A Whiff of ControversyThe post of Chief Executive of the The National Archives (TNA) was advertised recently. The closing date for applications was 18 April.
Further particulars comprising summary job description and assignment brief were available online from Whitehead Mann Group, consultants in leadership, based in London. The summary job description also appeared on the first page of the Society of Archivists' [sic] recruitment circular.
(As a digression, we note the online assignment brief was headed Private and Confidential. This is odd and suggests the document hasn't been proof read or properly prepared for publication as it is hardly necessary to retain a heading intended for initial internal Civil Service consultation in the published version. At any rate, it is rather misleading to the reader. We possess a print-out of this document.)
These documents make interesting reading and certain points contained in them raise concerns that the selection panel, comprising Bronwen Curtis, Civil Service Commissioner, Alex Allan, Permanent Secretary to the Department of Constitutional Affairs, David Eastwood, Vice Chancellor of the University of East Anglia and at least one other, will strenuously need to avoid a repetition of the kind of controversy surrounding the recent appointment of the US National Archivist, Allen Weinstein.
Prof. David Eastwood Bronwen Curtis
In particular SQA finds one statement contained in the 6th. paragraph of the summary job description of grave concern:
The ideal [editor's underlining] candidate will have a reputation for excellence and effectiveness in their chosen field, whether that is within archives or not.
While it goes without saying, based on past practice, the Civil Service will not appoint a qualified archivist and may not appoint a candidate even loosely connected with the profession to the post, never-the-less SQA must draw several important conclusions from this statement.
Firstly, efforts by the National Council on Archives, the Museums, Libraries and Archives Council, the Archives Task Force and even TNA itself, in advocating archives are undermined by this elitist tendency not to front TNA with a qualified archivist. What kind of signal does this approach give to other professionals, the general public and the media? It will hardly strengthen wider perceptions of the archives profession of which TNA claims to be leader.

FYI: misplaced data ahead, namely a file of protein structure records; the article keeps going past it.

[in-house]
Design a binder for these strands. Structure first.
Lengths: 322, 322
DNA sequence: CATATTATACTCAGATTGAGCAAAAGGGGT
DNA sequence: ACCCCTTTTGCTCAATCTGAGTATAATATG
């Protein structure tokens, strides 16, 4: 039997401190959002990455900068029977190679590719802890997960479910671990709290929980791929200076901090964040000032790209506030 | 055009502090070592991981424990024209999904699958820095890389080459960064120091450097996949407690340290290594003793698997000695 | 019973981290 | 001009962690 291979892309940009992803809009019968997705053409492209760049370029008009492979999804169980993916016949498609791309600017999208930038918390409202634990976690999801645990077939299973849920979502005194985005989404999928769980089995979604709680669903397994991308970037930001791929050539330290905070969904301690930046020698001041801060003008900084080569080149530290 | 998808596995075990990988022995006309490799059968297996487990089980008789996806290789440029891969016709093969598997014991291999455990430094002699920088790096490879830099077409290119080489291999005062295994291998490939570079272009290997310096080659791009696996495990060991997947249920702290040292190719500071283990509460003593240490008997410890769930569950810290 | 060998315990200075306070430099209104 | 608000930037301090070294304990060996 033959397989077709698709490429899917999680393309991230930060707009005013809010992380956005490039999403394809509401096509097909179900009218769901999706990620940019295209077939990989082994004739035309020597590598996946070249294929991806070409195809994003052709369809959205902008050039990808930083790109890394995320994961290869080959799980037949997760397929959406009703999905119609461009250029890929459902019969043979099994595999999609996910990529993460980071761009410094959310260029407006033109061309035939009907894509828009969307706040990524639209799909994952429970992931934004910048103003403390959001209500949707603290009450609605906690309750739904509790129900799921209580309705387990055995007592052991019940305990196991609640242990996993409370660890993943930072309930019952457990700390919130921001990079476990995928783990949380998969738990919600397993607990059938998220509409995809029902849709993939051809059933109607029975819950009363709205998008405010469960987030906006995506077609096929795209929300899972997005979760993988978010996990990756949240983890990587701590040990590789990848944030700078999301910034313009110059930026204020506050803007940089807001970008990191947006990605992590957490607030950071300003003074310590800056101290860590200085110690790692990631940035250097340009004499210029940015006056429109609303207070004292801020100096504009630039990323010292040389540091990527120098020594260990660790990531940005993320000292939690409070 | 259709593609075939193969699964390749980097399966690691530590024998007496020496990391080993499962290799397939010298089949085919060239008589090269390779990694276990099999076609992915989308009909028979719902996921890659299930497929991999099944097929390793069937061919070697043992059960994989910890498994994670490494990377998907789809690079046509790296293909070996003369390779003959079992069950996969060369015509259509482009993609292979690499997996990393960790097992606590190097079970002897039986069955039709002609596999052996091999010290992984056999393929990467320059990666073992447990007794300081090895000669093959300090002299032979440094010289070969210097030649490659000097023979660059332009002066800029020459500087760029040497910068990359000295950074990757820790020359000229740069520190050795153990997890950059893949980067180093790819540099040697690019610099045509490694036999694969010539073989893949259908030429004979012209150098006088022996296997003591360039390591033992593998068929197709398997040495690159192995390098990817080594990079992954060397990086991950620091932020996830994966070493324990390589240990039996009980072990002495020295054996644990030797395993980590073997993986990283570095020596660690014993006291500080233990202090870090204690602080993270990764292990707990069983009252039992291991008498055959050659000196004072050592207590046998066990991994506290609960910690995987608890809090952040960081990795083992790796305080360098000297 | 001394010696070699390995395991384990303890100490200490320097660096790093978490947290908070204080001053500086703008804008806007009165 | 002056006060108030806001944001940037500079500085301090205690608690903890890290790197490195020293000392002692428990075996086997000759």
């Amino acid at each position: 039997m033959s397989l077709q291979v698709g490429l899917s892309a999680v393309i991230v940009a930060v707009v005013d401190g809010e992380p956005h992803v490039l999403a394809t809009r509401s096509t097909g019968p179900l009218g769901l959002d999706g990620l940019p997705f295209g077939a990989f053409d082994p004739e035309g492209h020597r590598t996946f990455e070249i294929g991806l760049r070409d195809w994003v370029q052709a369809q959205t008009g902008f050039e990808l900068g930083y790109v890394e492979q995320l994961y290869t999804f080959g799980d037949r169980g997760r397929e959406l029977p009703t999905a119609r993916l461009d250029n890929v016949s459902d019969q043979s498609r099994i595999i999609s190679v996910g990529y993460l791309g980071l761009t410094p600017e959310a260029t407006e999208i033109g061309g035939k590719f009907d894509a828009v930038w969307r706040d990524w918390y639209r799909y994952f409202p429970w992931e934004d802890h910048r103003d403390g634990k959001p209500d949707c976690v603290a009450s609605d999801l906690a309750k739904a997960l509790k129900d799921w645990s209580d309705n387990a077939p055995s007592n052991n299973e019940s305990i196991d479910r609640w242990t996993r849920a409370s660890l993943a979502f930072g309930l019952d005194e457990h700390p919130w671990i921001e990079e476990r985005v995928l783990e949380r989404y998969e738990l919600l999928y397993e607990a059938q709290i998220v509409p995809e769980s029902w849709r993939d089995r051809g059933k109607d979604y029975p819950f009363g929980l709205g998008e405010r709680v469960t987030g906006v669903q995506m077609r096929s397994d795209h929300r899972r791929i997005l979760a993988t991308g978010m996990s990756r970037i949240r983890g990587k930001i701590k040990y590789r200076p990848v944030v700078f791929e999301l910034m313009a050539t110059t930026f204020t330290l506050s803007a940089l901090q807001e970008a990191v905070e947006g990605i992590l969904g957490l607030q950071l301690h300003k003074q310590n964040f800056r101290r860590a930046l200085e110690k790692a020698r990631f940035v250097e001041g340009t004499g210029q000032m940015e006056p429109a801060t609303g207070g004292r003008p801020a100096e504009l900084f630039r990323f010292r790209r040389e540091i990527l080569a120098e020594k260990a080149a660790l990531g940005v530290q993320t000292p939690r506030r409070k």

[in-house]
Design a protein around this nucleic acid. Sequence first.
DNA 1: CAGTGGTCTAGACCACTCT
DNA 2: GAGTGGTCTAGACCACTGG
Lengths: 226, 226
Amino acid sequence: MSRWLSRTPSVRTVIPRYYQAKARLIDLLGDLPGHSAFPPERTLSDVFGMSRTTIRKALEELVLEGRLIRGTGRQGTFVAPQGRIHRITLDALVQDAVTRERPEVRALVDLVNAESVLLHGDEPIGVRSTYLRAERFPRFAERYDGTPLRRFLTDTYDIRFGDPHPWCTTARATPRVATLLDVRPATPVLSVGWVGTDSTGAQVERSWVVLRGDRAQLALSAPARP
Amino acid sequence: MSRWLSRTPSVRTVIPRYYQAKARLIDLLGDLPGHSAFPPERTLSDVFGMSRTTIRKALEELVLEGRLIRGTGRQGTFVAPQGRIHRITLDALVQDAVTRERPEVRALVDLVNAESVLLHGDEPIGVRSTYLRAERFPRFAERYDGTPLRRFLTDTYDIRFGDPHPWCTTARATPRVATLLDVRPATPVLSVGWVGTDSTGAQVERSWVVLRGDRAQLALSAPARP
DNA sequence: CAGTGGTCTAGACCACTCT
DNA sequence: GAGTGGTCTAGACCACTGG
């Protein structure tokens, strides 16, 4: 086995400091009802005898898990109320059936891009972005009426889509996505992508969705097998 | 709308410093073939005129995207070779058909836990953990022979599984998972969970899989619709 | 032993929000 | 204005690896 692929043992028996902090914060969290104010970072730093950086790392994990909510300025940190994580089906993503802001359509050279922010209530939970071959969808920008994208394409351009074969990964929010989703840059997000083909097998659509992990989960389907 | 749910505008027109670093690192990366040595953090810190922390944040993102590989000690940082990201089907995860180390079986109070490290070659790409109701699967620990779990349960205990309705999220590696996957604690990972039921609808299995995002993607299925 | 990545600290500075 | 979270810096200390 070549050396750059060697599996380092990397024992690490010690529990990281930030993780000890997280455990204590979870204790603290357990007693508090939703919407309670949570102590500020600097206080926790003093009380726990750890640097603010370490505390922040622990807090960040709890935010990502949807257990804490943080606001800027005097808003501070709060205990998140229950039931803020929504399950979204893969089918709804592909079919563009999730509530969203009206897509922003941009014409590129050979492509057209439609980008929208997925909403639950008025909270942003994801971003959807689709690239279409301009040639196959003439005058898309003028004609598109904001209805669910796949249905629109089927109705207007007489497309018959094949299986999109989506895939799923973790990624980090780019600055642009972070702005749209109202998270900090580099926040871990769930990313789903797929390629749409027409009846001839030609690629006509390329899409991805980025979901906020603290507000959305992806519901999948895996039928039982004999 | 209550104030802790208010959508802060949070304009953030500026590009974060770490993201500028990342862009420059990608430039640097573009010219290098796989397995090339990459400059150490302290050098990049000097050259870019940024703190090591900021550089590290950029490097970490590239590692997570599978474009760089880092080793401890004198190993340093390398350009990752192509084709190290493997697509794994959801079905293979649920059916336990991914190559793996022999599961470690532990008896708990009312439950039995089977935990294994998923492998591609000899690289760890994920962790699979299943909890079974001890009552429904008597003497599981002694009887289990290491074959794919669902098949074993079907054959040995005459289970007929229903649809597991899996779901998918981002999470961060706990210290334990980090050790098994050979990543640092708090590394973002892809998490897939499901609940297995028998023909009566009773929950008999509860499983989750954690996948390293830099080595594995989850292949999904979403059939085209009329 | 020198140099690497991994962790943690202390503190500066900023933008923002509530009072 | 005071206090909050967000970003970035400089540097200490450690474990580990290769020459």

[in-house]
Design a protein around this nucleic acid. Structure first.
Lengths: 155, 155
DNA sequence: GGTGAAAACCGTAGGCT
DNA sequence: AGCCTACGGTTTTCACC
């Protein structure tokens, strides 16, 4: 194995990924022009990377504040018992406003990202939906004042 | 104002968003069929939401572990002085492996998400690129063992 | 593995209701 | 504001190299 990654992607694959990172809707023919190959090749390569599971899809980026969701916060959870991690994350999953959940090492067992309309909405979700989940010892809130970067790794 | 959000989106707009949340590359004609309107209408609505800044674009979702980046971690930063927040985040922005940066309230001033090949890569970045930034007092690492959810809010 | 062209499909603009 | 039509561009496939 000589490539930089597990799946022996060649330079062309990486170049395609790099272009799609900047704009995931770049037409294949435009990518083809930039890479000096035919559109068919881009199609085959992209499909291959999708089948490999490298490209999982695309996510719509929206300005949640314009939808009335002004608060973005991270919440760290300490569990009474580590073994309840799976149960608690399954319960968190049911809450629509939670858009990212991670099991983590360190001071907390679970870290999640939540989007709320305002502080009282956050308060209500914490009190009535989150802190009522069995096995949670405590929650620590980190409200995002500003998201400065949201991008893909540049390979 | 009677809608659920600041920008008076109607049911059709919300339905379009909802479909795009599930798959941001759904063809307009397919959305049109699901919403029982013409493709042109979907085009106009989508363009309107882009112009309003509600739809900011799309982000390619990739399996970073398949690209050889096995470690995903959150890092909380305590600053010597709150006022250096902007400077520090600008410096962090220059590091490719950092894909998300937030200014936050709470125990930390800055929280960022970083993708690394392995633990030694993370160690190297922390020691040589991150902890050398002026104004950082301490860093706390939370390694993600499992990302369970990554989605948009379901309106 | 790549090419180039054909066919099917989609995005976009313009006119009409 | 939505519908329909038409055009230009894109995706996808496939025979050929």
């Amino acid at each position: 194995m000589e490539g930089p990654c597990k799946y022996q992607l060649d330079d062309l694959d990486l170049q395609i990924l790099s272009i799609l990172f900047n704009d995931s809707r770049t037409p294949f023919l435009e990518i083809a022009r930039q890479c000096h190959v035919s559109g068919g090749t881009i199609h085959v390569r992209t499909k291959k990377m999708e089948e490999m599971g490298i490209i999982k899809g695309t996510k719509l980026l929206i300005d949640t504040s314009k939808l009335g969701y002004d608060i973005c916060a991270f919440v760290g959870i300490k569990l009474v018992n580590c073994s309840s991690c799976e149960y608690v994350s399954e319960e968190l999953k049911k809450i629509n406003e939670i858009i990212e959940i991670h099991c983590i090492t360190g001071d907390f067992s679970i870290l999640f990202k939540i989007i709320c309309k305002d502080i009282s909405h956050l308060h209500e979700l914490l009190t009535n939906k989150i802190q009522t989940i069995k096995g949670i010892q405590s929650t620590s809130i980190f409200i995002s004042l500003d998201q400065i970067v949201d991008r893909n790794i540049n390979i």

There is also something of an irony in TNA, National Council on Archives, the Museums Libraries and Archives Council and the Archives Task Force wheeling out Dame Stella Rimington, retired Director of MI5 and a qualified archivist to promote archives, partly precisely on the basis she is a qualified archivist, when this apparently counts for nothing when the person specifications for the Chief Excecutive are laid down. This is Blairite cynicism and disrespect for the public in the extreme.
The second and crucial point however is that the Civil Service and their political masters view the postholder as ideally NOT a qualified archivist or even a person with a background loosely in archives. We are reminded of the appointment of Derek Lewis as Director General of HM Prison Service. Mr. Lewis had the temerity to appear on national television news immediately his appointment was announced and state he had no knowledge of the prison service what-so-ever. How this news was received by his colleagues in the prison service, the police and the general public we can only wonder.
We sincerely hope we don't witness the successful candidate for the post of Chief Executive of TNA making the same kind of public pronouncement as Mr. Lewis. We also hope to avoid the controversy seen in the USA over the method of appointing the US National Archivist.
We pose the following questions.
Are the selectors aware there is an archives profession?
Are the selectors aware there has been a controversy over the appointment of the US National Archivist?
Are the selectors aware of the vast complexities of the archives profession?
Are the selectors aware of Jenkinsonian principles?
Are the selectors aware of the involvement of the Chief Executive in the Malvine Project and MoReq?
This blog cannot be concluded without one final, grateful and positive observation. The job description summary states TNA holds 100 shelf miles of 1000 years of records. Metric Martyrs rest in peace.
SQA will watch developments with great interest and look forward to commenting on the outcome.
[For the sequel to this blog, please click here]